When sensory input suggests multiple equally plausible interpretations to our perception, the input is termed "multistable". In this sort of situation, there are multiple equally solid interpretations of the input.
Multistability is a device used to create tension, instability and ambiguity in music and other forms of art. These unstable states create a sense of built-up energy and an expectation of movement. They can also be used to draw the audience into unfamiliar relationships with familiar material. Perception inherently involves generalization and a process of artificial stabilization. Perceptions can be wrong. Perception involves a significant degree of feedback, where assumptions about what is being perceived change the way the lower levels of perception interpret the sensory input. In this way, perception can get locked in, bound to misinterpret input over and over again, based on invalid assumptions and resisting contrary evidence from the senses. Composers and artists often work to challenge perceptual (and cognitive habits by constructing states of instability and ambiguity which resist attempts to draw them into resolution. This is sometimes describes as "opening" or "cleaning" the eyes and ears of the viewer / listener.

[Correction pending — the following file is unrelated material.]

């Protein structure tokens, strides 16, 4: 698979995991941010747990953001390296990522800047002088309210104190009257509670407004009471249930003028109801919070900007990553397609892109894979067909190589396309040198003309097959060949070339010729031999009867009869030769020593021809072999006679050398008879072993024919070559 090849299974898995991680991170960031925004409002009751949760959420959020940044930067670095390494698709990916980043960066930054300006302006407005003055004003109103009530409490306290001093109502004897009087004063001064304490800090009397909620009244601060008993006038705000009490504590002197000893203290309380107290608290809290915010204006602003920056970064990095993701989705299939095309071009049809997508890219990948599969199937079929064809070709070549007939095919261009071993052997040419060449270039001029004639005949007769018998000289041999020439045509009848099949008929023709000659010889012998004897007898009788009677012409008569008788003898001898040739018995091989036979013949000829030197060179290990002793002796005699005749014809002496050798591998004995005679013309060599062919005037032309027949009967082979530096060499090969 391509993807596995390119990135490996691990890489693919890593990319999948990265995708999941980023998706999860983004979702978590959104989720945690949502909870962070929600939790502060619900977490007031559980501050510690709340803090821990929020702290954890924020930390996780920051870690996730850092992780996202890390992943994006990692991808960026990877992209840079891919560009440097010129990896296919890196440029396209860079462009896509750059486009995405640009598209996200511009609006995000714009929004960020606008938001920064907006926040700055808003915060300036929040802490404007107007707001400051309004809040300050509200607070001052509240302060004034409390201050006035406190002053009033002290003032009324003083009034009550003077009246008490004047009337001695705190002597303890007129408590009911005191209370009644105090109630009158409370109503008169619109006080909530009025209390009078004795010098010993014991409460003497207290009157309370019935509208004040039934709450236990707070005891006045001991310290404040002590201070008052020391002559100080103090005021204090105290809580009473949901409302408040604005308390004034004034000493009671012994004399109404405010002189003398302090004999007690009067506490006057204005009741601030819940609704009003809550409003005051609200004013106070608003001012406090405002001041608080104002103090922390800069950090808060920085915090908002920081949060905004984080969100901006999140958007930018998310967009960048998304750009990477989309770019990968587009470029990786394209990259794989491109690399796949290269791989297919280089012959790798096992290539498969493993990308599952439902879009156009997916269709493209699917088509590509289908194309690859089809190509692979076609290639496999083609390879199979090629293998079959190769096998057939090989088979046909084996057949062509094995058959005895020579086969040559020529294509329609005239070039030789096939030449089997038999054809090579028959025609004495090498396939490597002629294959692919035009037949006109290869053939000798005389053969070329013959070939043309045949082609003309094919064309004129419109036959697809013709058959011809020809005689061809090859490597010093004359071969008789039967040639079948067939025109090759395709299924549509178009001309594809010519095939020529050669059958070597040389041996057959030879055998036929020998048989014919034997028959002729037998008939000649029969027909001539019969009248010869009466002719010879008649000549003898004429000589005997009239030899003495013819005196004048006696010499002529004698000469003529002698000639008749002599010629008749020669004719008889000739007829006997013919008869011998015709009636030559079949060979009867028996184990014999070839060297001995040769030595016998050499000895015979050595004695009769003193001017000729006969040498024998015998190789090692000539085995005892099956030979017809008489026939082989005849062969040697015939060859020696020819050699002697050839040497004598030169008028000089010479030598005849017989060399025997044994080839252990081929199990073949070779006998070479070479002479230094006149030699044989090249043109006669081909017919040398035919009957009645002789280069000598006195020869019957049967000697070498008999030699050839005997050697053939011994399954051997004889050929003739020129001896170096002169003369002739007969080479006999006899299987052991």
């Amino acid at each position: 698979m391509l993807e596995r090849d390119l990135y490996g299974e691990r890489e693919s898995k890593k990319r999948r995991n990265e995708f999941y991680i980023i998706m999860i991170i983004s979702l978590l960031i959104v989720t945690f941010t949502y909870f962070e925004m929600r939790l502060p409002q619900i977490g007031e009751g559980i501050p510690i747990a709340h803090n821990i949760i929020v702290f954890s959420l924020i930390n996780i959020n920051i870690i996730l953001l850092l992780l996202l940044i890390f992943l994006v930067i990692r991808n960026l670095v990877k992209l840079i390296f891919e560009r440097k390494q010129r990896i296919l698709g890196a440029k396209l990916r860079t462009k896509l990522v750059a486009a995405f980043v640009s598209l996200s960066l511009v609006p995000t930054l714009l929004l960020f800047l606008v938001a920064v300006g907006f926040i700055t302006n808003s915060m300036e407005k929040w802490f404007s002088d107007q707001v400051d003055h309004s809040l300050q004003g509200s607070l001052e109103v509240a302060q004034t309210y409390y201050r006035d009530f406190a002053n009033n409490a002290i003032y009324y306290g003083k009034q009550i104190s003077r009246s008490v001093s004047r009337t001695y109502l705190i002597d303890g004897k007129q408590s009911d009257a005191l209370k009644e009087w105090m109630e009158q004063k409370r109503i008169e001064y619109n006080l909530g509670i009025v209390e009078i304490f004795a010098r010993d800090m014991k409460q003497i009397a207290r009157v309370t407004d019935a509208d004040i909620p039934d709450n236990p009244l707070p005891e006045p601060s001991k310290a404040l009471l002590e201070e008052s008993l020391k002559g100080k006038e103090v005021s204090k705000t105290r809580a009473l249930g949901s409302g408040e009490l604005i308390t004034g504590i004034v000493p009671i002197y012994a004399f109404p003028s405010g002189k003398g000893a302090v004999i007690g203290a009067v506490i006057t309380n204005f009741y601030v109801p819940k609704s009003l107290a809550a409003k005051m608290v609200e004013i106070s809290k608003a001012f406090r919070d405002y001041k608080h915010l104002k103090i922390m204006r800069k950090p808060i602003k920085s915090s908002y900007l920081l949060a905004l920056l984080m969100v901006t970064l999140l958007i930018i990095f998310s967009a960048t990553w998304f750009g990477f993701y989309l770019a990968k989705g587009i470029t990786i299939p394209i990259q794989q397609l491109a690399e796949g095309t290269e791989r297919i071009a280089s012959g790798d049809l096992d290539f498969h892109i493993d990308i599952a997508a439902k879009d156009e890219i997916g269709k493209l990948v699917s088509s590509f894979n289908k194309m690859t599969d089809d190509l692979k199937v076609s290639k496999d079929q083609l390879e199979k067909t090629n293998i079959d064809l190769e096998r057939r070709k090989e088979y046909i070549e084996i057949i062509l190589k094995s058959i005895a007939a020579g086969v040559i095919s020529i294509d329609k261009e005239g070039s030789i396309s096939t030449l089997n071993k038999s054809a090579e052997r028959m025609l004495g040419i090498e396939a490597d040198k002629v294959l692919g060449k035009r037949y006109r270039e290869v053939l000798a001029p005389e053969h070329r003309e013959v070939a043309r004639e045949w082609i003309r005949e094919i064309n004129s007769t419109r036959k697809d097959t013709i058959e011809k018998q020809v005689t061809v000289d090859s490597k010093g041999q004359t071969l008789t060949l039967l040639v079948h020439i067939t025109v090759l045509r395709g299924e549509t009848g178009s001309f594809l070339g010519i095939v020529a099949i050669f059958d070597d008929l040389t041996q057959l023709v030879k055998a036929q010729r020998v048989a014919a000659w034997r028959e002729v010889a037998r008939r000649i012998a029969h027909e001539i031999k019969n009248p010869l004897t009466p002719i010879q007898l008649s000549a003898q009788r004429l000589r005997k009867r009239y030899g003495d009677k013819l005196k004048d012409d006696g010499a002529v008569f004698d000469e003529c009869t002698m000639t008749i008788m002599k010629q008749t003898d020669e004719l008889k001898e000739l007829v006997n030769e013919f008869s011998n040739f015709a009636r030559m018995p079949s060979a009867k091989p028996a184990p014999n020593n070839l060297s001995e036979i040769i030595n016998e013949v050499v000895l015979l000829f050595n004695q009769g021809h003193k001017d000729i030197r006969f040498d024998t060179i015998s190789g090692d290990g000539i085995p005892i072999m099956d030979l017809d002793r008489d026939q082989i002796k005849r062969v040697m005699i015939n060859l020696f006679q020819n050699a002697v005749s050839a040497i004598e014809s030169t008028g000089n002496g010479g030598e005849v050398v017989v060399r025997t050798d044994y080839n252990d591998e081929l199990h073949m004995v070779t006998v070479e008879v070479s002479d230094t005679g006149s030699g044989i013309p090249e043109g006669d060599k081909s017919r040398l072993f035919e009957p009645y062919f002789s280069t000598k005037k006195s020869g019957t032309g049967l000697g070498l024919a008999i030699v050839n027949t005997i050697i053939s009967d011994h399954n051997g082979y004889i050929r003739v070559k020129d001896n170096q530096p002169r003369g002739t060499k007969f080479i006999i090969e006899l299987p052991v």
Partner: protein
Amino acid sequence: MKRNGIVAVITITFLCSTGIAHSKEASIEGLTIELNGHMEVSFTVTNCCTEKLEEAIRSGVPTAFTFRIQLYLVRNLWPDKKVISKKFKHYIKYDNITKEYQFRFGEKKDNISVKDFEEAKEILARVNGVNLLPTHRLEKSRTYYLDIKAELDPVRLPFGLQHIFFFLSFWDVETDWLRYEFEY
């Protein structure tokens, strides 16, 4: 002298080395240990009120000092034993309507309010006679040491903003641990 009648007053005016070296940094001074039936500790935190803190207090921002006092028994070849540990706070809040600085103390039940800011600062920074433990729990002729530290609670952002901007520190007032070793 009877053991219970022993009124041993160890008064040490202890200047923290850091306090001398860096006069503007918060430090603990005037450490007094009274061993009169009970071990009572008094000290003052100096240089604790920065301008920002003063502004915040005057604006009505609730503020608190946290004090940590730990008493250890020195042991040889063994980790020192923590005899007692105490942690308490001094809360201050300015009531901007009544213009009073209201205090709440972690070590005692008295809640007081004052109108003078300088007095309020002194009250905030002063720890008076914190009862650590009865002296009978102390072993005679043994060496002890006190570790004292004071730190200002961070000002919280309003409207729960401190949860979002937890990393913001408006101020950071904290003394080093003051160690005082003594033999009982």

Where this is at play in a piece of music, it is important to find a way to represent this ambiguity or instability in the translation, as it is a fundamental part of the work. Where translation resolves intentionally unresolved forces it betrays the intent of the composer or artist.